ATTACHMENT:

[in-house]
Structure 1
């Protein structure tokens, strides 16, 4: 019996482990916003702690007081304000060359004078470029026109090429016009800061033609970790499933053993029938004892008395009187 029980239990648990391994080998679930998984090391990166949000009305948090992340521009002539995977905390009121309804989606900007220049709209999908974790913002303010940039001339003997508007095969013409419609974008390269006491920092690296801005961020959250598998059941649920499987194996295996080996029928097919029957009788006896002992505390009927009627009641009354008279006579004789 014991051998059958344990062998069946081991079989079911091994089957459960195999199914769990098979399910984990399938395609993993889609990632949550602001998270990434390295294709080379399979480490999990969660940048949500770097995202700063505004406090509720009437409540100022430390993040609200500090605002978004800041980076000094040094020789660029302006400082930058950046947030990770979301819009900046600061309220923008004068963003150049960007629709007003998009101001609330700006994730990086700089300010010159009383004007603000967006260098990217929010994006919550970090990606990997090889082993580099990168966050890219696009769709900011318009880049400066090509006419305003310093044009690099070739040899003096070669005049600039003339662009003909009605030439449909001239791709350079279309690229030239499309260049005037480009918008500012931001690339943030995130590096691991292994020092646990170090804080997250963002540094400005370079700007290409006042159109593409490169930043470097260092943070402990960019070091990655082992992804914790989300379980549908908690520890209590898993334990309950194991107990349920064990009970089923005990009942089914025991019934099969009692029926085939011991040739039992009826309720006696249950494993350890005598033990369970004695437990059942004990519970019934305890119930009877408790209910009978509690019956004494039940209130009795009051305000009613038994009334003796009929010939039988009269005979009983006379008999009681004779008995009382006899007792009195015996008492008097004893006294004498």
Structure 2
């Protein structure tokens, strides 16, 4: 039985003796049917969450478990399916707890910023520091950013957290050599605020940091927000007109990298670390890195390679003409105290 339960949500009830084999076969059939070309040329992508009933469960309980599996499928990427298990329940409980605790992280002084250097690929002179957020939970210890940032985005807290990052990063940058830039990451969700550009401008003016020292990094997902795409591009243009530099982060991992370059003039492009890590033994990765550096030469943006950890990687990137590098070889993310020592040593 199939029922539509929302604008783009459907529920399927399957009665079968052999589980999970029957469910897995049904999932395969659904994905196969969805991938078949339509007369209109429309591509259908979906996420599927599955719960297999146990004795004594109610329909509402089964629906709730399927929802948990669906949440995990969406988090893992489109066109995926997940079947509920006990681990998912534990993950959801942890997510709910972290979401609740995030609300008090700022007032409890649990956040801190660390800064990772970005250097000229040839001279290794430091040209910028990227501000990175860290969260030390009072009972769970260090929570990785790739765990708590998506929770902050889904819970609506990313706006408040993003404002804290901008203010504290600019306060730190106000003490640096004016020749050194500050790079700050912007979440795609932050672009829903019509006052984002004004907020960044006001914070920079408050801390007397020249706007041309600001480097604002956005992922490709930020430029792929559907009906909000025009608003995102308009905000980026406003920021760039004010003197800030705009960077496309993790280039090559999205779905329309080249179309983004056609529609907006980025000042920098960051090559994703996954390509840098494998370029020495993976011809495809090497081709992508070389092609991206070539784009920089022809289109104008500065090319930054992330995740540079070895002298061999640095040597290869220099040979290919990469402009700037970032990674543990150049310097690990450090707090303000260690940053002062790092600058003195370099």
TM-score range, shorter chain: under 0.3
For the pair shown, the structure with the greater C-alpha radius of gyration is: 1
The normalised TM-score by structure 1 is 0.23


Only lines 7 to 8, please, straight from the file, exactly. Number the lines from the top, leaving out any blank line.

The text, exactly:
For the pair shown, the structure with the greater C-alpha radius of gyration is: 1
The normalised TM-score by structure 1 is 0.23